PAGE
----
November 20, 2012, 3:25 PM — The retirement of Paul Otellini as CEO of the world's largest semiconductor company will mark a big shift for Otellini, but Intel's path will likely continue in its current direction, a direction he helped shape. As the industry shifted from high performance desktop PCs to handheld mobile smart devices, Otellini drove Intel to focus on efficiency over performance. Ultrabooks, tablets and mobile phones now ship with Intel inside, something that would have seemed impossible when Otellini first took the helm.
As the first non-engineer to run Intel, Otellini brought much-needed marketing chops gained from an earlier stint as Intel's Executive VP of sales and marketing. When he took the CEO job, Otellini had already been steeped in the technical intricacies of CPU product design as head of the Intel Architecture Group. During that time, Intel produced some of the highest clock speed desktop CPUs on the market under the Netburst brand. Netburst CPUs were also notorious for being extremely power hungry.
Indeed, Otellini realized from the very beginning of his tenure that high clock speeds and the biggest, baddest CPUs wouldn't lead the world's largest semiconductor company forward. From the very beginning of his stint as top dog, Otellini was more focused on product positioning than product sciencea philosophy that perfectly suited his roots in not engineering but rather (gulp) sales and marketing.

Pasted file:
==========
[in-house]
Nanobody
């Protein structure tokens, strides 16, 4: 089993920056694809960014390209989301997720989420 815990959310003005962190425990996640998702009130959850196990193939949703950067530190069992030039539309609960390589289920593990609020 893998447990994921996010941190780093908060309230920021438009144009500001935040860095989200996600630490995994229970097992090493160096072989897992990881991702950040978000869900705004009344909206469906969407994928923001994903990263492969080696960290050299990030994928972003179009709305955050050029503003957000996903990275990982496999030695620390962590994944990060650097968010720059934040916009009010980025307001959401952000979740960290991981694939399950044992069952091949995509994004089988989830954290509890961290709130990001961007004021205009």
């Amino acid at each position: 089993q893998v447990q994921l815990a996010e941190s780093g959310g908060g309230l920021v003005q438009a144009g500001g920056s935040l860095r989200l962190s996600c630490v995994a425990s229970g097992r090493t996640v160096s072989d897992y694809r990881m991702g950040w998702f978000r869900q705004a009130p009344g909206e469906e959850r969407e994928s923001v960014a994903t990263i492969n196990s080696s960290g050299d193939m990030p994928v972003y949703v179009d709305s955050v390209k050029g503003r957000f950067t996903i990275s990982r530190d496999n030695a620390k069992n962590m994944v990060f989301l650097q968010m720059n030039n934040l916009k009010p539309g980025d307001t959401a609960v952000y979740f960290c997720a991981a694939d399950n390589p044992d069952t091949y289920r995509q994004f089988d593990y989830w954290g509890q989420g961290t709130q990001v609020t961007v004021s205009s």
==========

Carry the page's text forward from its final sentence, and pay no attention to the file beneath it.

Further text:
His lack of engineering background didn't prevent Intel from sending him to take charge of the as general manager of the Intel Architecture Group starting in 1998, about as engineering focused as it gets at Intel. It was a surprise move for the executive who had been Executive VP of sales and marketing. During that time, Intel produced some of the highest clock speed desktop CPUs on the market under the Netburst brand. Netburst CPUs were also notorious for being extremely power hungry.
Otellini became CEO of Intel in 2005, and that began the steady shift away from extreme clock speeds towards efficiency. At the time, a group of designers at Intel's Israeli facility had built a new CPU for laptops called the Pentium M. It was a somewhat subversive effort, and outside Intel's mainstream architecture group. Otellini took notice of the Pentium M's success, since Netburst was starting to bump up against some serious power constraints. At the time, Intel's chief competitor, AMD, had started shipping 64-bit processors that outperformed all but the very highest frequency Netburst-based processors, while using substantially less power.